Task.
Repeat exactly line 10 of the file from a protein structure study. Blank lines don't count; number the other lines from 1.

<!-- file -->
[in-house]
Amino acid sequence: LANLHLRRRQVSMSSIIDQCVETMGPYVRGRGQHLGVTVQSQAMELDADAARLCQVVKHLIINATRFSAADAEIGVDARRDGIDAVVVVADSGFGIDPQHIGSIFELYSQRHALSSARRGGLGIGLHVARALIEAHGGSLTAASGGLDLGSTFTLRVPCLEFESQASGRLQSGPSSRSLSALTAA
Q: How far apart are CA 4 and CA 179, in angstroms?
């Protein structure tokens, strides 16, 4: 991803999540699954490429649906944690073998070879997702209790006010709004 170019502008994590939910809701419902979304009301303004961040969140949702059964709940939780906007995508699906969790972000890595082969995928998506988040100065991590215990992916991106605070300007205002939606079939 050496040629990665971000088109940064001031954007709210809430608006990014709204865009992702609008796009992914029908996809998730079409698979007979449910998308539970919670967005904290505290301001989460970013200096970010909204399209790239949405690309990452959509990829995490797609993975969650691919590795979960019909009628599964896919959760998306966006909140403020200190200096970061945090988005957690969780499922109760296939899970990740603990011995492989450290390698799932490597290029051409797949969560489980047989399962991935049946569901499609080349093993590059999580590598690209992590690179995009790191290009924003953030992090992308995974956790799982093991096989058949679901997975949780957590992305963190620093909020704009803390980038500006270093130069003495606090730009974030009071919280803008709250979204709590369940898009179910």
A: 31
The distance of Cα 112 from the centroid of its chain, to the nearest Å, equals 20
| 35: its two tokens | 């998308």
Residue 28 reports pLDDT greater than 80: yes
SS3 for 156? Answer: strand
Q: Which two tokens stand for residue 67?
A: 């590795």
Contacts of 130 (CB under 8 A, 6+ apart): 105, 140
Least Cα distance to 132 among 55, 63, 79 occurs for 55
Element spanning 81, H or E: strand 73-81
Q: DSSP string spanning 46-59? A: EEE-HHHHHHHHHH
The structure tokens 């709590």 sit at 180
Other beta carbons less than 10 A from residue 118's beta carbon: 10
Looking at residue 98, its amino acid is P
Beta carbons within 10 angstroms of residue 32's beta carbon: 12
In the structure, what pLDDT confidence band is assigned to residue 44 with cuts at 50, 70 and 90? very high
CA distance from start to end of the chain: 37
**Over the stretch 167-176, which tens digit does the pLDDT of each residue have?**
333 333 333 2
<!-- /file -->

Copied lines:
Q: Which two tokens stand for residue 67?